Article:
The film and art world lost two brillant directors this week - Ingmar Bergman's death was reported Monday morning and then a scant few hours later, Michelangelo Antonioni passed away (which was mostly reported the following morning). So far, each of them has (at the very least) left an impact with every film I've seen of theirs - in particular Bergman. I look forward to delving further into the enormous catalog of work both have left behind - fully realized masterpieces by each of them still await my viewing. It's sad to see them depart, but they each lived long, rich and productive years.
But what of those who leave too early?
This morning when I hopped over to the Greencine Daily blog (like I do every morning), I half expected to see yet another world renowned director's name above an obit. And when I saw that omimous pair of brackets around two years (the last of which was 2007), I drew a quick breath. It wasn't a famous name though. I had never even heard of the person actually. The title of the post was simply:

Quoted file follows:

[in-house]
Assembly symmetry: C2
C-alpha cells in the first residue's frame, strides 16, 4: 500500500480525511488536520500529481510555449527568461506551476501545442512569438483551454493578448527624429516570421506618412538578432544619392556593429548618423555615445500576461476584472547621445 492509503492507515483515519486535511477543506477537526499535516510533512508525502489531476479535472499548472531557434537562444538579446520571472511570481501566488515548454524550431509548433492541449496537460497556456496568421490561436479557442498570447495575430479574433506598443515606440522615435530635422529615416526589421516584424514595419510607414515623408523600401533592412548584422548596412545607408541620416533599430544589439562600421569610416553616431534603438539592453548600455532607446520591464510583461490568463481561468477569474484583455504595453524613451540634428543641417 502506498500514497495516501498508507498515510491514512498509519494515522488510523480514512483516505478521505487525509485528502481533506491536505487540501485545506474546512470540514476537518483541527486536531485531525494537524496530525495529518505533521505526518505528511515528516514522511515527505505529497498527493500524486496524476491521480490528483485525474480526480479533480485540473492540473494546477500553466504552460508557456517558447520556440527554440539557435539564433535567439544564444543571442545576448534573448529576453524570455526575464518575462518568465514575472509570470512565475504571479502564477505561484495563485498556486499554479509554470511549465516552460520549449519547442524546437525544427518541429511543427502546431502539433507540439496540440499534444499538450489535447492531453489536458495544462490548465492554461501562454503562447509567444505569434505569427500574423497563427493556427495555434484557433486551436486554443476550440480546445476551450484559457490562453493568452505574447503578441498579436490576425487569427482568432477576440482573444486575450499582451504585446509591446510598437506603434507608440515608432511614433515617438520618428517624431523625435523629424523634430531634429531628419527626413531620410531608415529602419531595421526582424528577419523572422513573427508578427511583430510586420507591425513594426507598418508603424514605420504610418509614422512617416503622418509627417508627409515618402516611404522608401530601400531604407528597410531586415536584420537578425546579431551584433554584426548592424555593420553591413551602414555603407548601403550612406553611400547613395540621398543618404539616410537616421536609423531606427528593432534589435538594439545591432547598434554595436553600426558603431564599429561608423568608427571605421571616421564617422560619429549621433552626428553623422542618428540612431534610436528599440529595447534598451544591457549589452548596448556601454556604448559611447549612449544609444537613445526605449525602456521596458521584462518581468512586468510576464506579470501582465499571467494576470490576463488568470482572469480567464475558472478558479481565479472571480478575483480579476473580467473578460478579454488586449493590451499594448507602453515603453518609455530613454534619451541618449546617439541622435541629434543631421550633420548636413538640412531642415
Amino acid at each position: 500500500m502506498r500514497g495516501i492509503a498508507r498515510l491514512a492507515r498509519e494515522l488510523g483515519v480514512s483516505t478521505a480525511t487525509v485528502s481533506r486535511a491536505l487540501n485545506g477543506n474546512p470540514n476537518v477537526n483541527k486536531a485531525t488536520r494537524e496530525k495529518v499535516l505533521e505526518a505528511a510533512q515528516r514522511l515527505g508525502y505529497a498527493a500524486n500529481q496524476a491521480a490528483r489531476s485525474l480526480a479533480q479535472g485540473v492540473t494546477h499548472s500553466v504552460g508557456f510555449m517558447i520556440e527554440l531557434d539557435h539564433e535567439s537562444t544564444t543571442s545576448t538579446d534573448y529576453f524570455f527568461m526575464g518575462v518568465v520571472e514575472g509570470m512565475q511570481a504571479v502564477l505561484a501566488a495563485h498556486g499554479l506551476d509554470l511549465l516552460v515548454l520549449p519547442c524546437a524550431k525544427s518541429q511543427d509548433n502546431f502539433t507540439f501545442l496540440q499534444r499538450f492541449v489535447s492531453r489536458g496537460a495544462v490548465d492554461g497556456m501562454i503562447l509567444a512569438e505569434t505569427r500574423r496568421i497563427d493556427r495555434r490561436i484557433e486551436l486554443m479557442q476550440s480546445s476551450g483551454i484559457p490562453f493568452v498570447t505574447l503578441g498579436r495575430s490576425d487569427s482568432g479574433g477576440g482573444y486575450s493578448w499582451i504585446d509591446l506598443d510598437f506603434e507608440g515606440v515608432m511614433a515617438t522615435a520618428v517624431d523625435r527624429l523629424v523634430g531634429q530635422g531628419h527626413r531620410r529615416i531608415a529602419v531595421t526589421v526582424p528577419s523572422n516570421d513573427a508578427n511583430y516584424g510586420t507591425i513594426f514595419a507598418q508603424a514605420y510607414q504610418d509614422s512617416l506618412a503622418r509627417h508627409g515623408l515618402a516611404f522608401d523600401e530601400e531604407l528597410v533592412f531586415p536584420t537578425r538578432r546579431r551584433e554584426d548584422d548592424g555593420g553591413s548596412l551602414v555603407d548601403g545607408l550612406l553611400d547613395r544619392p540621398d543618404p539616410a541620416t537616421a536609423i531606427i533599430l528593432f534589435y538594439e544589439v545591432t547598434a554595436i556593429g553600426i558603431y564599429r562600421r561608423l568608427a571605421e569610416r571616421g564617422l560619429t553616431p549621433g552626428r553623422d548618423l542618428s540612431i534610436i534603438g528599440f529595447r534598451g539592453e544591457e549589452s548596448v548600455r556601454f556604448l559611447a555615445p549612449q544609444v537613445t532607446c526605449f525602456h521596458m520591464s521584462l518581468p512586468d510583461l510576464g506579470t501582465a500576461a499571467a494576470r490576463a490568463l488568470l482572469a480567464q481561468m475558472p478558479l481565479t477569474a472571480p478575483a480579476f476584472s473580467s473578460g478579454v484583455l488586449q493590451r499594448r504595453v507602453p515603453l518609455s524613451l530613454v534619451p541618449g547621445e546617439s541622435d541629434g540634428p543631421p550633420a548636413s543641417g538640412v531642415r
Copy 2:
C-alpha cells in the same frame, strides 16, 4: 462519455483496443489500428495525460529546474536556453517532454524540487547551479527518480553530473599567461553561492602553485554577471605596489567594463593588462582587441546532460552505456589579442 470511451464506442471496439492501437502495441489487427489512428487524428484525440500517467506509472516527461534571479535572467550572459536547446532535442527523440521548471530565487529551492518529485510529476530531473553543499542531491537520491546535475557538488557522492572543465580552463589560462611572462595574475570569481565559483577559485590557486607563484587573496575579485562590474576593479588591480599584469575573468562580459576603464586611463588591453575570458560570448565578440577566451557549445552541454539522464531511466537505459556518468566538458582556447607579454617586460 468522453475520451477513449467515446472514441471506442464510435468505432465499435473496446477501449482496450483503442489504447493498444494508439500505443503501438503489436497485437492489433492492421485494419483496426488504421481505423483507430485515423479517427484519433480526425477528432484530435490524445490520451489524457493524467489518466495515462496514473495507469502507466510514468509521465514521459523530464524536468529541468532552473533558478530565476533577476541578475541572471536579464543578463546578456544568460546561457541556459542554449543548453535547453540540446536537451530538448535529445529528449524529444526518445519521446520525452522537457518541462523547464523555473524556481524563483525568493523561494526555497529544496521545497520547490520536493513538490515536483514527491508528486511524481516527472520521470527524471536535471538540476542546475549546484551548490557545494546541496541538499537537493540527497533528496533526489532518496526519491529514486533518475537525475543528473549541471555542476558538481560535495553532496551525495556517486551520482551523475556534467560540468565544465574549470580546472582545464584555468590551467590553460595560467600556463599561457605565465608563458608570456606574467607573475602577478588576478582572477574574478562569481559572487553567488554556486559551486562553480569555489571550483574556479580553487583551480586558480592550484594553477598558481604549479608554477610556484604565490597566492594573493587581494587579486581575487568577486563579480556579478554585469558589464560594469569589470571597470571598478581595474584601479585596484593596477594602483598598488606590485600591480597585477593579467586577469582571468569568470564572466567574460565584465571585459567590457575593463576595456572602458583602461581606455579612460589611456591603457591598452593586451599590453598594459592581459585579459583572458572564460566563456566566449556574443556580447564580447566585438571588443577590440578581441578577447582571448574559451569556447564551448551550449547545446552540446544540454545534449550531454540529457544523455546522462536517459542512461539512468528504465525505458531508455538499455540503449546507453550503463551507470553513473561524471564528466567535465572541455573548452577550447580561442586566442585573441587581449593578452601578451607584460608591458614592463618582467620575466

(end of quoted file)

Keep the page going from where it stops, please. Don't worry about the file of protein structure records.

Jeremy Blake (1972 - 2007)
I read a bit further and then realized that I had actually seen some of his work. And loved it. He was responsible for those beautiful washes of morphing colour that appeared in P.T. Anderson's film Punch-Drunk Love. Those gorgeous shifting colours and lines that brought a great film to greater heights and helped give that impression of, well, being punch drunk in love. Here's the trailer for the film to give you some examples:
So I perused a bit further and browsed this site for a bit of his work in digital video. He considered himself primarily a painter who simply worked without paint. His work is - simply put - stunning. I wouldn't expect everyone to be as affected by his work as I was, but I kept saying "Wow" to myself the further I looked through the site. It just meshes so well with the type of artwork I enjoy and something I appreciate in film (as addressed in some previous posts, particularly at the beginning of Kwaidan - The Beauty). You could say it captures my aesthetic sensibilities.
Here's another great example of some of his work - the video for Beck's song "Round The Bend":
He was 35. It's likely he took his own life due to other tragic circumstances that had recently occurred. I make no comparisons to the legends who recently passed away nor excuses for what he did. But I feel a deeper sadness (and more sympathy to relatives and friends) when someone much younger, who likely had plenty more beauty to share, is no longer with us.